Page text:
It’s okay to do a bit of gambling with a modest part of your disposable income. In fact, investors can apply some of what they know and have fun too. Unlike the casinos, financial markets have no limits or games stacked in favour of the house. It’s the Wild West, and if an investor understands herd behaviour and the merits of contrarian thinking, and does some research, the results can be quite lucrative. Whether using stocks, bonds, options, hedge funds, domestic mutual funds, foreign equity or debt funds, or commodity exchange-traded funds (if you don’t know what these things are and want to know, buy a book that introduces investment theory and the various types of securities), applying investment principles will help you be more successful.

gamblerTo put it plainly: counting cards may not be allowed in a casino, but anything goes when it comes to markets. Just don’t forget that most of the financial industry is trying to make your money their money. There’s a reason why a cowboy sleeps with his boots on and his gun within reach.

The fine line between gambling and investing is hard even for old cowhands to pinpoint. Investing also involves bets, but the bets are calculated. Every decision an investor makes involves a calculated bet—whether it’s to be in the market or not at all, biasing a portfolio in favour of stocks versus bonds, skewing stock selection in favour of one or several industry groups, or picking individual stocks or other types of securities.

I met a lady once in line at a convenience store. She bought a handful of lottery tickets, and I asked her, “Aren’t the odds of winning pretty remote for those lotteries?” Her reply was, “The odds are good. There’s a fifty/fifty chance of me winning.” Confused, I asked, “How do you figure?” I laughed aloud when she said, “Either I win or I lose; that’s fifty/fifty, isn’t it?”

A maverick investor knows there’s always a probability that any decision to buy or sell or hold can prove to be incorrect. The objective is to minimize that probability as much as is feasible. It’s impossible to make it zero. This is why financial firms have sold so many “guaranteed” funds lately. People love the idea, however impossible, of being allowed to gamble with no chance of losing. Whenever there’s a promise that you won’t lose or some other similar guarantee, my senses fire up a warning flare.

There’s usually a promise of significant upside potential and a guarantee that at worst you’ll get all (or a portion) of your original investment back. Many investors a few years ago bought so-called guaranteed funds only to find that the best they ever did receive was the guaranteed amount (extremely disappointing) or much less after the fees were paid to the company offering the product. If you think this stuff is new, trust me, it’s not.

guaranteedA fancy formula-based strategy back in the ‘80s called “portfolio insurance” was popular for a brief period. An estimated $60 billion of institutional money was invested in this form of “dynamic hedging.” It isn’t important to know in detail how the math works. Basically, if a particular asset class (stocks, bonds, or short-term securities) goes up, then you could “afford” to take more risk because you are richer on paper anyway, so the program would then buy more of a good thing. If this better-performing asset class suddenly stopped performing, you simply sold it quickly to lock in your profits. The problem was that all these programs wanted to sell stocks on the same day, and when everyone decides they want to sell and there are no buyers, you get a stalemate.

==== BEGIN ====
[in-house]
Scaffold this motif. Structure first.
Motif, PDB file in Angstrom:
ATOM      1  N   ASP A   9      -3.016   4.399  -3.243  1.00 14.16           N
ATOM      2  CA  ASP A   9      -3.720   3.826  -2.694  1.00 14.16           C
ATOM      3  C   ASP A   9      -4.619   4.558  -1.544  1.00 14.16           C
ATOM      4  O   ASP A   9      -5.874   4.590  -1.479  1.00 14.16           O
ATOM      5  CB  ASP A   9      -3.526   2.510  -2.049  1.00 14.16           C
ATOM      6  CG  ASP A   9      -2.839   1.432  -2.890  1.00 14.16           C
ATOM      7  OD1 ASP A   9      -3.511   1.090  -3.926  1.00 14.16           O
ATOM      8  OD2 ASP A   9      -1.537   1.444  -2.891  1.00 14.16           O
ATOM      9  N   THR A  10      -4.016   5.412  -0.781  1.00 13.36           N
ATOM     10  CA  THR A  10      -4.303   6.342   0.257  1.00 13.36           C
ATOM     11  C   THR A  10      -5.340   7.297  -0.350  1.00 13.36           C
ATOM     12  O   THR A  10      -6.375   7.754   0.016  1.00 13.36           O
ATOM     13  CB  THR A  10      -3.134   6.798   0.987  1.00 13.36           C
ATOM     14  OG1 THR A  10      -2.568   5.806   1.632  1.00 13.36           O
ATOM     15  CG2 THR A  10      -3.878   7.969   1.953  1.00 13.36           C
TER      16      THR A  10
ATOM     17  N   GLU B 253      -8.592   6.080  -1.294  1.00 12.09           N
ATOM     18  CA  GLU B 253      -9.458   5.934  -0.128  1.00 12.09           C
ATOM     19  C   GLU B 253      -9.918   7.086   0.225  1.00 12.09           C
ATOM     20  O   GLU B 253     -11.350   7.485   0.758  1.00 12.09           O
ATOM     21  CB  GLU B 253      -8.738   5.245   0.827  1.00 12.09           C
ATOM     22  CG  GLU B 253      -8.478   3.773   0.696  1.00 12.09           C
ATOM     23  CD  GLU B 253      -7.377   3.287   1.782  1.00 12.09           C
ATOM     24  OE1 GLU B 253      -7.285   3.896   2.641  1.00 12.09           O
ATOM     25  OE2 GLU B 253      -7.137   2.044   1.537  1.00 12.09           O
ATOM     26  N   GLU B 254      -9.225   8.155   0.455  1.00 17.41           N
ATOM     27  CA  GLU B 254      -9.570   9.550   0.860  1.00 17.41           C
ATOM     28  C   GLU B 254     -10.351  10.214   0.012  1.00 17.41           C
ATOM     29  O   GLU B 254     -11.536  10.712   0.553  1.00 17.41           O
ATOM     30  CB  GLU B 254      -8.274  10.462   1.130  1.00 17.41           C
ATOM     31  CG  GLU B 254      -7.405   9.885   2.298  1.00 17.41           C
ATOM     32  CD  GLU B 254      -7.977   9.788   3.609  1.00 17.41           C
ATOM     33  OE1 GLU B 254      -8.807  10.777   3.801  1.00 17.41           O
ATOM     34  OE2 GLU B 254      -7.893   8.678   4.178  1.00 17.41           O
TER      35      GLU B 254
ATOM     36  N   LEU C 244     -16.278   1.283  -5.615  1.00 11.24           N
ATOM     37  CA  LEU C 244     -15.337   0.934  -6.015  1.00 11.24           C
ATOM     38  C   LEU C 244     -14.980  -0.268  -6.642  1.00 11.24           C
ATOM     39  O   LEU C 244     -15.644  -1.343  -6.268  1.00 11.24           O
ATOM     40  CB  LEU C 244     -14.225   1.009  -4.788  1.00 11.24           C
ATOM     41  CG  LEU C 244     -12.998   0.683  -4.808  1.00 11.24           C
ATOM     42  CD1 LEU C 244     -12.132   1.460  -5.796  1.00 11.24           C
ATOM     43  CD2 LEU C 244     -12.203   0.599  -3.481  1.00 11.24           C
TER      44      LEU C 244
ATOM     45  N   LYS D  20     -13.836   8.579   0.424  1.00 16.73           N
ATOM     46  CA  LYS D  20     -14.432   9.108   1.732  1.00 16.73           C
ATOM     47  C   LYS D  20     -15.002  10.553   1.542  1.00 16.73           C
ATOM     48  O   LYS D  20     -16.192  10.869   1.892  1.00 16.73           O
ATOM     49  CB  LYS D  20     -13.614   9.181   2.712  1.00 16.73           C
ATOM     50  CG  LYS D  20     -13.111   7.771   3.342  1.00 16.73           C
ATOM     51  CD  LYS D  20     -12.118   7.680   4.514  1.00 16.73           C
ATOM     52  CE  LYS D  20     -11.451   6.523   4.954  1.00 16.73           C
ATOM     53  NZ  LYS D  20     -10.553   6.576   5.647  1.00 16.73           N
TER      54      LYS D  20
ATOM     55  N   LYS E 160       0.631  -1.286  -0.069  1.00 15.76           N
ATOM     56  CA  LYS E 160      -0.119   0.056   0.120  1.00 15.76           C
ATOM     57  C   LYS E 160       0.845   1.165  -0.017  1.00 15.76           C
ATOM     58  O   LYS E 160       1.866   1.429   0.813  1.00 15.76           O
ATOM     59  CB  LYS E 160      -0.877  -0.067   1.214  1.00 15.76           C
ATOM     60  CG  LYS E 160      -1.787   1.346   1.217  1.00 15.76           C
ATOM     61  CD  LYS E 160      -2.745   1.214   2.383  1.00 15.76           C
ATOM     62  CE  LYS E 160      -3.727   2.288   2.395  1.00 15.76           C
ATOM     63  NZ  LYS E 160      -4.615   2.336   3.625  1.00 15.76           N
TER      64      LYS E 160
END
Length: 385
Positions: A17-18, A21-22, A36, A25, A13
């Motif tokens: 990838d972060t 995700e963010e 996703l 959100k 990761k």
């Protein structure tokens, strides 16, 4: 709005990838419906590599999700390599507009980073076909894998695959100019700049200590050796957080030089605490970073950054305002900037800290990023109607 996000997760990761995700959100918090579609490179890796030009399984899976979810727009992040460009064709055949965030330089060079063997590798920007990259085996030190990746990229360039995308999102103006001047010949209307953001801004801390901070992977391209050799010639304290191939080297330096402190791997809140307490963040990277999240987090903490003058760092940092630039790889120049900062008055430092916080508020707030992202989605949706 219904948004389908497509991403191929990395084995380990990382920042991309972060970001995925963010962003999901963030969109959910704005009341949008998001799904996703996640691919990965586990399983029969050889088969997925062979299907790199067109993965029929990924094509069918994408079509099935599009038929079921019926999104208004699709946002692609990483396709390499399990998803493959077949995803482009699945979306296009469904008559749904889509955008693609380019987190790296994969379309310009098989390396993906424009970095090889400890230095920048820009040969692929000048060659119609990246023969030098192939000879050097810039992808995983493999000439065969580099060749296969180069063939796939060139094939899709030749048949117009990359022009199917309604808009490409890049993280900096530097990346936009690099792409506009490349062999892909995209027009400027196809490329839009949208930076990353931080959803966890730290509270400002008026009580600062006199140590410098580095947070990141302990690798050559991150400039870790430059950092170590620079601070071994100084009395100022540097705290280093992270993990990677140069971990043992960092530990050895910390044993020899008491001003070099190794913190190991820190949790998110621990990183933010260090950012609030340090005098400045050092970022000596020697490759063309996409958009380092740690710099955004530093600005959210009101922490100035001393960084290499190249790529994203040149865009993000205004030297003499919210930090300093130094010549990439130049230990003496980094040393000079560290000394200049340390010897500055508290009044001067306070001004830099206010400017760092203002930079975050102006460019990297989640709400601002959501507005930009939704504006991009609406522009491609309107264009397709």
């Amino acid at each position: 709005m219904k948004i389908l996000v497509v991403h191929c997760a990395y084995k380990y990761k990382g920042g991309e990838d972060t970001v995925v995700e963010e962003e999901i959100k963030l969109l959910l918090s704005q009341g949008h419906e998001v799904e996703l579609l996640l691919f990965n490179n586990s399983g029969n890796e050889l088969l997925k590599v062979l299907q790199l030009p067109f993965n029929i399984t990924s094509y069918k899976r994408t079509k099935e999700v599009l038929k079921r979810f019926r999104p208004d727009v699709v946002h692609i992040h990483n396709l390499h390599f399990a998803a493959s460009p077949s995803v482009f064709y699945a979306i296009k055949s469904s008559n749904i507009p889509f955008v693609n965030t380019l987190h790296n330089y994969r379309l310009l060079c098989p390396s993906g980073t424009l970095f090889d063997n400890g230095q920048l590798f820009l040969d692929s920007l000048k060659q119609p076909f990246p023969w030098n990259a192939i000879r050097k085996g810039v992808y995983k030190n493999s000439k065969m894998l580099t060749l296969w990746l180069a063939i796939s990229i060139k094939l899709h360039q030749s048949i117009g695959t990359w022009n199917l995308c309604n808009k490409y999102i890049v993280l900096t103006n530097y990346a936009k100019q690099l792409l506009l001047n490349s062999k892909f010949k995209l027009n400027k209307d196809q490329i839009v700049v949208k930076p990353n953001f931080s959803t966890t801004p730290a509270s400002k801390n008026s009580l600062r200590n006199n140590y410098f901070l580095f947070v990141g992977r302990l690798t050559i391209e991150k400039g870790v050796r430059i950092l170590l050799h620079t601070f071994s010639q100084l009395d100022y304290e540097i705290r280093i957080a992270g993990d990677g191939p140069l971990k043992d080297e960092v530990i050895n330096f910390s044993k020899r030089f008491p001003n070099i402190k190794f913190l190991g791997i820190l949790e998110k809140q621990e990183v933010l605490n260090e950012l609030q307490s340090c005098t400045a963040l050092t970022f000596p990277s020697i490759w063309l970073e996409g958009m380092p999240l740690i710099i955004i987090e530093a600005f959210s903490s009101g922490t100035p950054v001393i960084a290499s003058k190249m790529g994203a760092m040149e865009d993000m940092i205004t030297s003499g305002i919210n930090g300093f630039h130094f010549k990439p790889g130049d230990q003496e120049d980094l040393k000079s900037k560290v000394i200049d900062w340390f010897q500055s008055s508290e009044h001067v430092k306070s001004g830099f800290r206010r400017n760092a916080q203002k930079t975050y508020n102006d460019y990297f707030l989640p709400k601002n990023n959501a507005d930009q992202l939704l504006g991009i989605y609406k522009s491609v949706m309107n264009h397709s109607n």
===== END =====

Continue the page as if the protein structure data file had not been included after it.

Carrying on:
The “insurance” might have worked if you actually could sell the securities just because you wanted to, but if you can’t sell, you suffer along with everyone else—the notional guarantee isn’t worth the paper it’s printed on. Remember these are markets, and even though you see a price in the newspaper or your computer screen for a stock, there’s no trade unless someone will step up to buy stock from you. The market crash that began on Black Monday— October 19, 1987—was, in my opinion, fuelled by portfolio insurance programs. The market was going down, so the programs began selling stocks all at once. There weren’t nearly enough buyers to trade with. By the end of October ’87, stock markets in Hong Kong had fallen 45.5%, and others had fallen as follows: Australia 41.8%, Spain 31%, the U.K. 26.4%, the U.S. 22.7%, and Canada 22.5%.

Minimizing the Probability of Stupidity

If you’re gambling, follow the same steps you would as if you were investing. If it’s a particular stock you are anxious to own, do some homework, or at least look at someone else’s research available through your broker or on the Internet. When I was a younger portfolio manager, there were limited means to learn about a company. I would have to call the company and ask for a hardcopy annual report to be sent to me. When it arrived after several days, I’d study it a bit so I didn’t sound too ignorant, then I’d call and try to get an executive (controller, VP finance, or investor relations manager) to talk to me. If asking questions didn’t satisfy my need to know, then I’d ask to come and meet with them in the flesh. Nowadays, you have all the information you need at your fingertips.

Money.ca is a PRIME example of just one such source of valuable information available to investors today!

Mal Spooner
Mal Spooner